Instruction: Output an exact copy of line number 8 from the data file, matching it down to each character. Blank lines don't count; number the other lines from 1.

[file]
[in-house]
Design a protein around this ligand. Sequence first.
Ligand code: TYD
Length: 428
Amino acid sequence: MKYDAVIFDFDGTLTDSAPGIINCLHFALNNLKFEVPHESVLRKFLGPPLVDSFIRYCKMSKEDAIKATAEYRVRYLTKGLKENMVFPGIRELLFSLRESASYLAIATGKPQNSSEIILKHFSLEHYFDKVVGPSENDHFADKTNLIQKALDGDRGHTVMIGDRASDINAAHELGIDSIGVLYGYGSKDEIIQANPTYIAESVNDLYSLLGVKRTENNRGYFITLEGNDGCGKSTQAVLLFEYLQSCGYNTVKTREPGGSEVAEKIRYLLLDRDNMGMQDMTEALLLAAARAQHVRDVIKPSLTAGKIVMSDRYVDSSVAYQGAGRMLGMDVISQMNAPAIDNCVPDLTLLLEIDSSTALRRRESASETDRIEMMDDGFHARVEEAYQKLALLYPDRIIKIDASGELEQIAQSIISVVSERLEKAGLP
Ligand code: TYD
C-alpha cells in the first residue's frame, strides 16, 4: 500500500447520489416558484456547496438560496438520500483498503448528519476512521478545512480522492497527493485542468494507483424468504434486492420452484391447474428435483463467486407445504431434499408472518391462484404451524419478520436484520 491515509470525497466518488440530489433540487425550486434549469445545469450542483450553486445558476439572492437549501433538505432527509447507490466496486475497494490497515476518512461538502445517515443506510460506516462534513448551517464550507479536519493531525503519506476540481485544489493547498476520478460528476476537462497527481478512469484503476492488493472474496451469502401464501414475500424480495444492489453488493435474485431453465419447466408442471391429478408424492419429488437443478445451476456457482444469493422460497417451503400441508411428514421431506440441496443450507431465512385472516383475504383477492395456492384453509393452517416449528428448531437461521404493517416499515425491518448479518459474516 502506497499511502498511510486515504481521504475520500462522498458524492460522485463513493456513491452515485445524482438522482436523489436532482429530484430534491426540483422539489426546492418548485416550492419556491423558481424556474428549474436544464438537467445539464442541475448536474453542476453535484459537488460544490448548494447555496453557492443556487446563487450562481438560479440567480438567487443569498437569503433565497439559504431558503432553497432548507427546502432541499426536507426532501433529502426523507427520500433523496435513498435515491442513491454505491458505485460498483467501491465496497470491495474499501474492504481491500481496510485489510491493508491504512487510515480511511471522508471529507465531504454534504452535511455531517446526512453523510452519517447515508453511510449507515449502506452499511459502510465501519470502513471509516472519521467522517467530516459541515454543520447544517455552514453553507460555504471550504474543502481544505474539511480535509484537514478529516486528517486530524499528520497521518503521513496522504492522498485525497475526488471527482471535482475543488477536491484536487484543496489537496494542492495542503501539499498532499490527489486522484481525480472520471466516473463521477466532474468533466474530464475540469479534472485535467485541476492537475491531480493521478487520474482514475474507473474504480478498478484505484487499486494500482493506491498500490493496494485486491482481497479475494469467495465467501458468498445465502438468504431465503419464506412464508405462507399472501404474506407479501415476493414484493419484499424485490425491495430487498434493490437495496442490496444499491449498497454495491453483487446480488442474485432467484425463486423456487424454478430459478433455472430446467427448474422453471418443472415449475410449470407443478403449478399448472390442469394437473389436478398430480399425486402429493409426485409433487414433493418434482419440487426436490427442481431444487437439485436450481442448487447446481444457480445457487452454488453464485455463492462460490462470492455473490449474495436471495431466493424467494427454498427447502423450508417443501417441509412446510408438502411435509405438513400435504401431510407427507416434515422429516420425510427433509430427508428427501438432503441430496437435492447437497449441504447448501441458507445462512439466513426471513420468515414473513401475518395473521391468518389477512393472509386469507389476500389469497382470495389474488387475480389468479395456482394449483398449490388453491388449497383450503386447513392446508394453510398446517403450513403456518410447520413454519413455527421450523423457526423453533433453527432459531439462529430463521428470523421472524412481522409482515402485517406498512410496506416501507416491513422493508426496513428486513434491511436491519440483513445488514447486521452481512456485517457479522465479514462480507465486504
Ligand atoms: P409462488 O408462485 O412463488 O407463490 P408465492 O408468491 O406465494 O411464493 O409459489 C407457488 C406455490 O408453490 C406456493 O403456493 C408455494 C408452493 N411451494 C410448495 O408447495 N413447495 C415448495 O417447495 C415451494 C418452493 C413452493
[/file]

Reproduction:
Ligand atoms: P409462488 O408462485 O412463488 O407463490 P408465492 O408468491 O406465494 O411464493 O409459489 C407457488 C406455490 O408453490 C406456493 O403456493 C408455494 C408452493 N411451494 C410448495 O408447495 N413447495 C415448495 O417447495 C415451494 C418452493 C413452493